By Choekyi Lhamo
DHARAMSHALA, Feb. 18: China’s ambassador to Myanmar has denied rumours of assisting the military coup in Myanmar after hundreds of pro-democracy protestors demonstrated outside the Chinese embassy on Thursday. Myanmar’s military invalidated the results of the November election where the National League of Democracy (NLD) won by a large margin on Feb. 1. The military leadership declared a year-long state of emergency and placed the party leaders, State Counsellor Aung San Suu Kyi and President Win Myint under house arrest.
Ambassador Chen Hai said on Monday that Beijing had no “prior knowledge” of the coup and insisted that China has friendly relations with both the NLD and the military. “The current situation is absolutely not what China wants to see,” Chen further added. Beijing has yet to condemn the current unrest in Myanmar, which it considers a strategic Southeast Asian neighbour as no other country has more infrastructure investment in Myanmar than China.
China and Russia used their veto power as permanent members of the UN Security Council to block a joint statement condemning the military junta. As a result, hundreds of anti-coup protestors and locals gathered outside the Chinese embassy in Myanmar’s largest city Yangon. Protestors held signs in English and Chinese with slogans such as “Support Myanmar, Don’t support dictators” and “Stop helping the military coup.”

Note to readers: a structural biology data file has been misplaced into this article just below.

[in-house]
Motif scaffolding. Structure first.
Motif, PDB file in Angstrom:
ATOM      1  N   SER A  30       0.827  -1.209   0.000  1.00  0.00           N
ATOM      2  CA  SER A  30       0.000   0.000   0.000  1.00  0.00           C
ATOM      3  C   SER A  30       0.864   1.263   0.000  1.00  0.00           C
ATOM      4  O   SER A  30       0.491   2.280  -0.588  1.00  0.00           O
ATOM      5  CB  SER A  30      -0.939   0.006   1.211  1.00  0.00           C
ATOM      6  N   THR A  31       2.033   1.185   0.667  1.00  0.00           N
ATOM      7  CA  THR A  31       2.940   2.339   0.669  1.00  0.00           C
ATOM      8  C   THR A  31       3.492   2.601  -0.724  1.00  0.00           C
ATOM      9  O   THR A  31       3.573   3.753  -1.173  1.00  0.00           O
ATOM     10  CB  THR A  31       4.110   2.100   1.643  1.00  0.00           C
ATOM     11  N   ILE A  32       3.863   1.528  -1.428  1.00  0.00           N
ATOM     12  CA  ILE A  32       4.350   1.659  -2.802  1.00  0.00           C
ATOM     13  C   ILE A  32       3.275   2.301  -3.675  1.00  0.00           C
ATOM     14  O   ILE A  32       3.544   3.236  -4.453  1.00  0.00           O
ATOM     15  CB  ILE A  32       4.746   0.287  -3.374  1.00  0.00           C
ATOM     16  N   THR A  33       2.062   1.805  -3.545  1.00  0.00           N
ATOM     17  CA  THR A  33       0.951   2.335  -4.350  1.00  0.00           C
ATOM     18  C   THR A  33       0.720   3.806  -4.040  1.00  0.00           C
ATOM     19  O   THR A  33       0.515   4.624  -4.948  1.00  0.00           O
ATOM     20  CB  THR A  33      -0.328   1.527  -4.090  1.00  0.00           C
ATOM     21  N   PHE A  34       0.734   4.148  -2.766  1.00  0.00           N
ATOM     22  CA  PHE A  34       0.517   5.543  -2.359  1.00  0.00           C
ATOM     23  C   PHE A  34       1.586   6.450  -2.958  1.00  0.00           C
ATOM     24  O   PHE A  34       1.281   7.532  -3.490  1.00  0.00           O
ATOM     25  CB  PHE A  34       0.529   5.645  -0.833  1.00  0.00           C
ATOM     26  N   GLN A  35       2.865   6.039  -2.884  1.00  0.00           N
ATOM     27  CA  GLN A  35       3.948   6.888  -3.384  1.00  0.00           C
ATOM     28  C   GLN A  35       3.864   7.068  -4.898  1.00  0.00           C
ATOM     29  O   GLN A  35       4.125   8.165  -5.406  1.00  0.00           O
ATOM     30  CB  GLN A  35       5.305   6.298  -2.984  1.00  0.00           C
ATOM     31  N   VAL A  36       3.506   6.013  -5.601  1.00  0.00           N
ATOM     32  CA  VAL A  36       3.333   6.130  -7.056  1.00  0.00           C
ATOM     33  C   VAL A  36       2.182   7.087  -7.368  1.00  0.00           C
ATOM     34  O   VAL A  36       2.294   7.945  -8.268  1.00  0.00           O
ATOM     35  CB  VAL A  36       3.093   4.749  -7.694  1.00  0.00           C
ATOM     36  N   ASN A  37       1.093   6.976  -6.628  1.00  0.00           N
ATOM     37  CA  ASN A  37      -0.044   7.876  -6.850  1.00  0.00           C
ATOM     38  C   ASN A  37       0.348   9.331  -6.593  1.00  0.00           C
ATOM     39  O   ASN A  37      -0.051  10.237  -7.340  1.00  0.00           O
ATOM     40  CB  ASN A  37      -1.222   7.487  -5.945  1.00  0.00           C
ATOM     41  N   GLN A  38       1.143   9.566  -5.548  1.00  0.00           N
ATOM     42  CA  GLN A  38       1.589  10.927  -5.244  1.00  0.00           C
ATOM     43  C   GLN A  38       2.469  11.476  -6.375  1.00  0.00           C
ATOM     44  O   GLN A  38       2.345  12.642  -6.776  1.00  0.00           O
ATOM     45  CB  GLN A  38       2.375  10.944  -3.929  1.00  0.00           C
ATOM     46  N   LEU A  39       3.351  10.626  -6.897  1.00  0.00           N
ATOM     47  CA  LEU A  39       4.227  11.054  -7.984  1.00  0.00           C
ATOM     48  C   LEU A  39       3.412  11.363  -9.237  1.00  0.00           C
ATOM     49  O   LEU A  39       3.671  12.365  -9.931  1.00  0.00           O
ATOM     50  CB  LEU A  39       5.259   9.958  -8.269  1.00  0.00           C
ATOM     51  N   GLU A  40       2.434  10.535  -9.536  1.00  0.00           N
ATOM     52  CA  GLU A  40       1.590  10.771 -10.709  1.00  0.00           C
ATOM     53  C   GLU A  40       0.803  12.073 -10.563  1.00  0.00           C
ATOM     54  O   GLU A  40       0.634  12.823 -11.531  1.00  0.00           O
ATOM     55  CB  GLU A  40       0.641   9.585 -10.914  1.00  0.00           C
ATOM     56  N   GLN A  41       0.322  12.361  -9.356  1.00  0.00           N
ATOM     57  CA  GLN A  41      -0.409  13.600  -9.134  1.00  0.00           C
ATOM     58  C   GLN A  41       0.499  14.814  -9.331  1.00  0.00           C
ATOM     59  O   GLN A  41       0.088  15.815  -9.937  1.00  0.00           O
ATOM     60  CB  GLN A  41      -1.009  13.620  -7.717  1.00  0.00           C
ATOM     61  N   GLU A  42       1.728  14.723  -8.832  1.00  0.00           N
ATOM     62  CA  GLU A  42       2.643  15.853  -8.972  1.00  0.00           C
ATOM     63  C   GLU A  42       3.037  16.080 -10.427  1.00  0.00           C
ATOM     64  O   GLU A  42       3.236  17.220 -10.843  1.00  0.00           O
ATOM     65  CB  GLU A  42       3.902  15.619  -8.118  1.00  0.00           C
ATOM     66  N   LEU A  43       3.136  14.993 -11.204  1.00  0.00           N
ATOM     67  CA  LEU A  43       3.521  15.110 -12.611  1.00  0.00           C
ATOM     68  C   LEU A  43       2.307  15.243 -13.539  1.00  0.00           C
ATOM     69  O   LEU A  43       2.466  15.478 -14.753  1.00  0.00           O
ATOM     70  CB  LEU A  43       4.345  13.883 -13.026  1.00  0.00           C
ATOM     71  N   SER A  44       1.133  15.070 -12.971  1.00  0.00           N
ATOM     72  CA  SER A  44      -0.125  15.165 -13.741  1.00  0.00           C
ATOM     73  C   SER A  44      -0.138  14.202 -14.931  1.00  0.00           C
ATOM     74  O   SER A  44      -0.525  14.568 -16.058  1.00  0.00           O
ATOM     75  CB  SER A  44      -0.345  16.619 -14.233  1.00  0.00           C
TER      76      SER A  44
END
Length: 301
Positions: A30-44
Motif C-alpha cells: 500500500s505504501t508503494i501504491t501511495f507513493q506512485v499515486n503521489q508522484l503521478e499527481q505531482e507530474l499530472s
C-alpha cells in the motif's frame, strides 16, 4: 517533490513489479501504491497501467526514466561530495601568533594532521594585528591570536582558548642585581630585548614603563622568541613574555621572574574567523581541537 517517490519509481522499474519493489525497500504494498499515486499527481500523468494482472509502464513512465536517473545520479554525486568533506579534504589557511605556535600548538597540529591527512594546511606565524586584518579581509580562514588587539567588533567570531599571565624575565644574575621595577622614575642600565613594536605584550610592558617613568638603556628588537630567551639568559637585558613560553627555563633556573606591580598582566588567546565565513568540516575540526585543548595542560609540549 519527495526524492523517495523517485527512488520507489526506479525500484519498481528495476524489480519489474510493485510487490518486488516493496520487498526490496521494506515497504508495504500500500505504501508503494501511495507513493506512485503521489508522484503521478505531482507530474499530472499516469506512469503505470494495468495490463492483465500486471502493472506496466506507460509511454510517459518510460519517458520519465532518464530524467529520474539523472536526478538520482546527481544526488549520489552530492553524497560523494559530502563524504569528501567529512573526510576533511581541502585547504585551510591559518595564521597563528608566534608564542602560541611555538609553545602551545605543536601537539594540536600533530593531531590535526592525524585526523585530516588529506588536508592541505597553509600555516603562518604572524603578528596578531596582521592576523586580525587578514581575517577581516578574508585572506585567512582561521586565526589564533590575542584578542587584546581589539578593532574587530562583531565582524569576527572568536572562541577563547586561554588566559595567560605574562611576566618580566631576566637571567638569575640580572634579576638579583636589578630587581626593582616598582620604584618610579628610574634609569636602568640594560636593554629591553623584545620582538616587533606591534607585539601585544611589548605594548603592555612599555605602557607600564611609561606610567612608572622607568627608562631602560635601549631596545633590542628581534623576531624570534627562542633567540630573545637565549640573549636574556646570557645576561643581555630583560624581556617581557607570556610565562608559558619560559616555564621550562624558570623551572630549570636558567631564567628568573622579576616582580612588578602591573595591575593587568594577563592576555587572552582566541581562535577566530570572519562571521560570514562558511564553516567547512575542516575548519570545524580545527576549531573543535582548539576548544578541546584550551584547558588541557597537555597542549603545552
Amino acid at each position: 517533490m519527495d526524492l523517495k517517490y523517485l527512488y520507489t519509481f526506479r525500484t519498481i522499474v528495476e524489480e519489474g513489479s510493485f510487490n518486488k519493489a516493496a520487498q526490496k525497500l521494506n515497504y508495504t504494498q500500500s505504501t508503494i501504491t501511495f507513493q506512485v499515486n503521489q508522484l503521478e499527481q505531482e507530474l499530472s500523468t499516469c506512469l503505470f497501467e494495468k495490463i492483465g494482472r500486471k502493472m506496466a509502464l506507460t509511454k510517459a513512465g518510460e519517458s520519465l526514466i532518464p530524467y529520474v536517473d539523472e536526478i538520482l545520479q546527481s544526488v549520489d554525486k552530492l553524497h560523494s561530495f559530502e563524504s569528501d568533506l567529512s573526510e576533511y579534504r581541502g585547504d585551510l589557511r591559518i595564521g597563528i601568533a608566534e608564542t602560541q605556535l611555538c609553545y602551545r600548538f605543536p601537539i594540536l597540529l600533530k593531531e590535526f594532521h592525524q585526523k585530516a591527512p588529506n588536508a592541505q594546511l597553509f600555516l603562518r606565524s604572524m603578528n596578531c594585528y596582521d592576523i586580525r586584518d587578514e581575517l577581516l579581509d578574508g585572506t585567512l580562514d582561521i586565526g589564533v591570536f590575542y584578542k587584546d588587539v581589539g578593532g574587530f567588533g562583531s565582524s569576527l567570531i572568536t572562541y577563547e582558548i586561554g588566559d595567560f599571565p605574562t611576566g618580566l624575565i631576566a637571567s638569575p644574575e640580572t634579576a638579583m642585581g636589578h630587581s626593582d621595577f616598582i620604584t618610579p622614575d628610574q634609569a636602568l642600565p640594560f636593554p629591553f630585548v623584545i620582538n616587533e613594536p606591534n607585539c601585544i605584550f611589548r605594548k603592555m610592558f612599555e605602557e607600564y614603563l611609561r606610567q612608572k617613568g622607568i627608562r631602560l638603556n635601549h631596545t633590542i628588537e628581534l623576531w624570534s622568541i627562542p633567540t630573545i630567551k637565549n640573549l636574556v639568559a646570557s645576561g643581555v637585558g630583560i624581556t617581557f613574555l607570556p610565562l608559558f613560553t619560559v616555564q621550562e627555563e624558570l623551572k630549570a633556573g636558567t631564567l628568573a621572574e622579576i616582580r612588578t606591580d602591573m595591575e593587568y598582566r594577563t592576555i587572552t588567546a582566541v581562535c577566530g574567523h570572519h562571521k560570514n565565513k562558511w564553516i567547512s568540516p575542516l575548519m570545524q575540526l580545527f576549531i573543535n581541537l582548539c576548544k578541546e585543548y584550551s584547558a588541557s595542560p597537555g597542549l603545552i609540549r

Chen spoke on the UN’s debate but did not criticise the coup openly, “Recently, the UN National Security Council published [Britain’s] remarks to the press, which expressed deep concern at the state of emergency declared and the house arrest of figures like State Counsellor Aung San Suu Kyi and President Win Myint . . . As a member of the Security Council, China participated in these discussions. I believe everyone in Myanmar is aware of this situation.”
The ambassador strongly denied rumours that China sent weapons or technical assistance to Myanmar or it assisted the military to reinforce a firewall to censor the internet, calling the rumours “total nonsense and laughable”. He said pictures showing Chinese cargo planes landing in Myanmar were ordinary freight aircraft and were not carrying troops or weapons.
“If rumours like these are circulating in Myanmar, it suggests they were being inflamed and instigated by people with ulterior motives … We hope that Myanmar people can tell right from wrong and would not be influenced by politics causing harm to the good friendship between the people of our two countries,” Chen concluded.